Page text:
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What’s holding young women in India back? Closing the gender gap in accessing decent work
Gender inequality in employment has continued to increase in India, particularly for regular salaried employment, despite high economic growth and better access to education for girls over recent years. While the government has funded numerous programmes to improve skills development and entrepreneurship opportunities, including efforts to reduce inequalities, much more needs to be done to meet Sustainable Development Goal 8 and achieve equal access to secure, decent jobs for all.
With over two decades of research following the lives of 3,000 young people in Andhra Pradesh and Telangana, the Young Lives study has generated important insights into how gender and early childhood inequalities impact transitions from school to work in India.
Overall, our analysis shows that by the age of 22, young women are 59% less likely to have regular salaried jobs than young men, after controlling for other background variables such as wealth, location and education. Young women are much more likely than men to undertake unpaid work such as childcare, be unemployed (not working for pay) or self-employed in low wage work such as farming and agriculture.
Drawing from new evidence published in our recent journal article, ‘Exploring Reasons for Low Female Labour Force Participation in Regular Salaried Jobs’, this blog sets out key factors affecting access to decent work for young women and men, defined as regular salaried work earning more than INR 9,000 per month on average.
We suggest a broad approach is required to address the gender employment gap. This should include tackling the underlying causes of gender discrimination, particularly in relation to reducing early marriage and the demands of unpaid domestic work, alongside increasing investment in education and skills, including higher education and vocational training.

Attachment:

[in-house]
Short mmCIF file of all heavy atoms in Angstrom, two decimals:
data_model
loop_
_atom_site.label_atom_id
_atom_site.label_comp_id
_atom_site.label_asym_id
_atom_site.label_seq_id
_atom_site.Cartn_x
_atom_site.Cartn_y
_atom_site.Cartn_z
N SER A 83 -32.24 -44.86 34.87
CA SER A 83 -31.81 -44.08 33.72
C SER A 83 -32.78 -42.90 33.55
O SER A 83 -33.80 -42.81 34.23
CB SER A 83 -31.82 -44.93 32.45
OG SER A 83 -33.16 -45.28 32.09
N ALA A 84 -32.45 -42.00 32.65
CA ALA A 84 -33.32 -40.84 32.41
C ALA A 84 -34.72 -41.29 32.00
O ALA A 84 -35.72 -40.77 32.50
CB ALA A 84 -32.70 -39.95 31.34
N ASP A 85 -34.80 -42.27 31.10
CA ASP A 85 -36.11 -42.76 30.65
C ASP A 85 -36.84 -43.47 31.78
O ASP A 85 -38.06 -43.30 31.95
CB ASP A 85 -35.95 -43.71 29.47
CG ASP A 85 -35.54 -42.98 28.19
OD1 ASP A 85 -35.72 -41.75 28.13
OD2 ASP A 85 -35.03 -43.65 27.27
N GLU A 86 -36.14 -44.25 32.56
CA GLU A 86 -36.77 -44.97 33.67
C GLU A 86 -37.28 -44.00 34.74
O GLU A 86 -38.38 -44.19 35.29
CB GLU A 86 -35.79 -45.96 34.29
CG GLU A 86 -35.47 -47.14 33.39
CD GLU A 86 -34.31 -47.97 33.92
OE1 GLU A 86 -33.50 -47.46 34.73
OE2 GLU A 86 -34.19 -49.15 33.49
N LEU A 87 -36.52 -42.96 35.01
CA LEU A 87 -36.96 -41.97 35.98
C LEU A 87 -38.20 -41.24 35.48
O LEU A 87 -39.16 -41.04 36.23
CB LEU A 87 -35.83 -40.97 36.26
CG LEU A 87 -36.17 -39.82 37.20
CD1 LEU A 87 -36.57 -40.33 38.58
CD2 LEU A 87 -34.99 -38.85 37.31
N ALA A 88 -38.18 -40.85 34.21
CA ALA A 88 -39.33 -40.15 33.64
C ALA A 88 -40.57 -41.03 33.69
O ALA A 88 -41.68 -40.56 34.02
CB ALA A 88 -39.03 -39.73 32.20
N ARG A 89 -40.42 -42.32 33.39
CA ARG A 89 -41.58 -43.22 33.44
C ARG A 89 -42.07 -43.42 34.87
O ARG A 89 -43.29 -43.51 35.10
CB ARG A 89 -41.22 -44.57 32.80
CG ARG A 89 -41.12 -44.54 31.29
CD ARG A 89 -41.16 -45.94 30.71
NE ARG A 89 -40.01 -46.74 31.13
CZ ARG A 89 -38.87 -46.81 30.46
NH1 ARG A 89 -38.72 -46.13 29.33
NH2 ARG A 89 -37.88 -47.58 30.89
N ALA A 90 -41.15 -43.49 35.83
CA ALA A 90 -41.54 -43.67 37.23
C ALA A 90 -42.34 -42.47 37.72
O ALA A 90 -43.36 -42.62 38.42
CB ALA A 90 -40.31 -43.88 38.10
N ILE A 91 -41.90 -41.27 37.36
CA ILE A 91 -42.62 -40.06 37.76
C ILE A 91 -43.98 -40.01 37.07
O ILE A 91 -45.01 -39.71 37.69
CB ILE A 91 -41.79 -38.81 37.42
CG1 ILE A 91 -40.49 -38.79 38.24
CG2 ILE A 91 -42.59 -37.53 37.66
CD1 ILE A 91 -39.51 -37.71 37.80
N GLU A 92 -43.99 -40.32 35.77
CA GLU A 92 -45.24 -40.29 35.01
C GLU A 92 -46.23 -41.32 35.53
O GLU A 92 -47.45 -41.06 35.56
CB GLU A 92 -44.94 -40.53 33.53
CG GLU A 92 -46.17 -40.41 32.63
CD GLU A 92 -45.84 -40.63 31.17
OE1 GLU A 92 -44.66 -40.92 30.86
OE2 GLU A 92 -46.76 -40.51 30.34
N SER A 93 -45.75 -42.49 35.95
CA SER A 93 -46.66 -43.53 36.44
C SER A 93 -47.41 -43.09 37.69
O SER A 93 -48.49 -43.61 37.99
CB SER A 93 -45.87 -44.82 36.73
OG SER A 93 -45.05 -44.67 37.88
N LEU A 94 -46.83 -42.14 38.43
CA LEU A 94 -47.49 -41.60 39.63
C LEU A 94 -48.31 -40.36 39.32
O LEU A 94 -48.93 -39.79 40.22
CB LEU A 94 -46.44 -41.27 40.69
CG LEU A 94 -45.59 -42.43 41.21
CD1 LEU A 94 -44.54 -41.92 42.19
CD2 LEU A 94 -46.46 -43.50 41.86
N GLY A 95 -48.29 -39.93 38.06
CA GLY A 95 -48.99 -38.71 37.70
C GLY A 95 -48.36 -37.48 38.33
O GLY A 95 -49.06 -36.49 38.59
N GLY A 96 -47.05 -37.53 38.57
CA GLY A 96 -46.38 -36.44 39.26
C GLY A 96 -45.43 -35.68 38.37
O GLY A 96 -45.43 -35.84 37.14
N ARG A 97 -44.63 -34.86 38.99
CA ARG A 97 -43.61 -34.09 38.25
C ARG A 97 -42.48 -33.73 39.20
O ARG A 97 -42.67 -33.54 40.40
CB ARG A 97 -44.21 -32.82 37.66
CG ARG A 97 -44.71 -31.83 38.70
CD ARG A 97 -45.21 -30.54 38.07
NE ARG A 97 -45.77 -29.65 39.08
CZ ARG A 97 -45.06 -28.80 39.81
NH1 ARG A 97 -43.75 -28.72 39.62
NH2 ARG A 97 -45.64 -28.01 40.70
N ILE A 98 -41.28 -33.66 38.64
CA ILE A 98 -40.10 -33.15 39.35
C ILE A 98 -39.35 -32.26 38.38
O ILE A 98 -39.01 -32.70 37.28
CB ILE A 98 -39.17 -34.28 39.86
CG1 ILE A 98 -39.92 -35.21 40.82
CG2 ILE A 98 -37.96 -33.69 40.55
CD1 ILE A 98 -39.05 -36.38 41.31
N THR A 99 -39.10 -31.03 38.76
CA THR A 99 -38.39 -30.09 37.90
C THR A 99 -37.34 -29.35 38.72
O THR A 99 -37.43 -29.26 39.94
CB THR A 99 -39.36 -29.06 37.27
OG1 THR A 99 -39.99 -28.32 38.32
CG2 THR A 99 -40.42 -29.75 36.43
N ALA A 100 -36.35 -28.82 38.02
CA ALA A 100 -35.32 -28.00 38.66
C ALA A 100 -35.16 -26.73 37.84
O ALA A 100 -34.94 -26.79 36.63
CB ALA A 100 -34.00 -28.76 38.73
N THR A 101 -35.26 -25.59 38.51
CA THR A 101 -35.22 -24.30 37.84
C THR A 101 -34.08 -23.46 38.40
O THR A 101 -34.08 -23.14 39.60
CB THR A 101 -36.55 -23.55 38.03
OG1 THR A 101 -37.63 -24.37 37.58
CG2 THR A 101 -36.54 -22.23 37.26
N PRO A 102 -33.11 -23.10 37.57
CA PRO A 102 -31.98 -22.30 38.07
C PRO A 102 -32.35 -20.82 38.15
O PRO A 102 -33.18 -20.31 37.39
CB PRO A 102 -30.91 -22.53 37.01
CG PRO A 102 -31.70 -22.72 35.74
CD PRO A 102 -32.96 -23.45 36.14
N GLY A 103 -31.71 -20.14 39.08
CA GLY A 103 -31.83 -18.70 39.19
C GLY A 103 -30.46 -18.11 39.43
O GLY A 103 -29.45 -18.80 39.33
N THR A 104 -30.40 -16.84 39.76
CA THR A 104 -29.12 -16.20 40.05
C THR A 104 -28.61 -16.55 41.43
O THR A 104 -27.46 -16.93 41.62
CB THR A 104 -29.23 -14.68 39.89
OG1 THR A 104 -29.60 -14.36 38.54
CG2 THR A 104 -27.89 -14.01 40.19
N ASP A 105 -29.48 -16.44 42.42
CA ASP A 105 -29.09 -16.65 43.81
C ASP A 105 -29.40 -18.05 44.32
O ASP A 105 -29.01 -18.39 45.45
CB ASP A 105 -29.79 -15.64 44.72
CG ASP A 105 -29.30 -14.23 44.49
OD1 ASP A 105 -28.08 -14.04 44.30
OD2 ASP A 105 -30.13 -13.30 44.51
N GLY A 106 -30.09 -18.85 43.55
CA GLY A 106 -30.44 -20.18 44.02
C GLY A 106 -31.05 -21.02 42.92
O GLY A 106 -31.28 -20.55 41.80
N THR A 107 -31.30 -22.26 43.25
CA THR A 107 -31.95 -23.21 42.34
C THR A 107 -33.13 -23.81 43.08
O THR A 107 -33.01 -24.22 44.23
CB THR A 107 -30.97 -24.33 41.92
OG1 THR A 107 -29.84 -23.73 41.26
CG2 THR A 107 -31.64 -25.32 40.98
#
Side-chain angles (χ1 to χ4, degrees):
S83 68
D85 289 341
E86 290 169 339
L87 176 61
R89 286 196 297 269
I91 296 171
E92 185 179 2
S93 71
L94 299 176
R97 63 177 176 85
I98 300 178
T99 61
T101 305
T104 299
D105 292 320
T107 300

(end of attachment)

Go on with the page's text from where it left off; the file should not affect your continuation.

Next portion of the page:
Early marriage significantly reduces the likelihood of young women getting a decent job
Our analysis shows that marital status is by far the strongest predictor of whether a young woman is employed in a regular salaried job. By the age of 22, only 14.5% of married women in our sample were employed in regular salaried jobs, compared to 41% of unmarried women. This is an important finding in a country where the majority of young women currently get married between the ages of 18 and 21,and an estimated 1.5 million girls are still married before the age of 18 each year, despite targeted government action over recent decades.
Children who spend significant amounts of time on domestic (unpaid) work are also less likely to get a decent job as a young adult. Girls and young women consistently shoulder the lion’s share of unpaid domestic work in India, with already heavy burdens further exacerbated during the pandemic. Among our study participants, 54% of young women who did not spend any time doing domestic work at age 12 subsequently went on to regular salaried jobs by age 22, compared to only 21% of those who spent more than three hours a day on domestic work during their childhood.
Socio-economic background also matters. Young people from poor households and rural areas are less likely to secure decent work compared to those from wealthier and urban households. Among our sample, only 23% of young women from the poorest households were employed in decent jobs, compared to 46% of those belonging to wealthier households.
Building foundational skills and learning through to higher education can improve access to decent jobs
Acquiring foundational skills early in life could improve young people’s chances of accessing decent work. Among our study participants, those who had better reading skills at age 8 were significantly more likely to be employed in regular salaried jobs by the age of 22, compared to those with poor early reading skills. Among young women who had been able to read fluently at the age of 8, 30% were in regular salaried jobs by the age of 22, compared to only 19% of those with poor early reading skills.
Digital skills are increasingly important for accessing decent work, though a persistent gender digital divide continues to hold many young women back. Among our sample, 71% of women who used computers regularly were found to be in regular salaried jobs compared to only 20% of those who did not use computers regularly. Previous Young Lives evidence has shown that young people’s access to computers can be predicted as early as one year of age, primarily depending on family wealth, maternal education and urban/rural location, and with a strong gender bias against girls in India.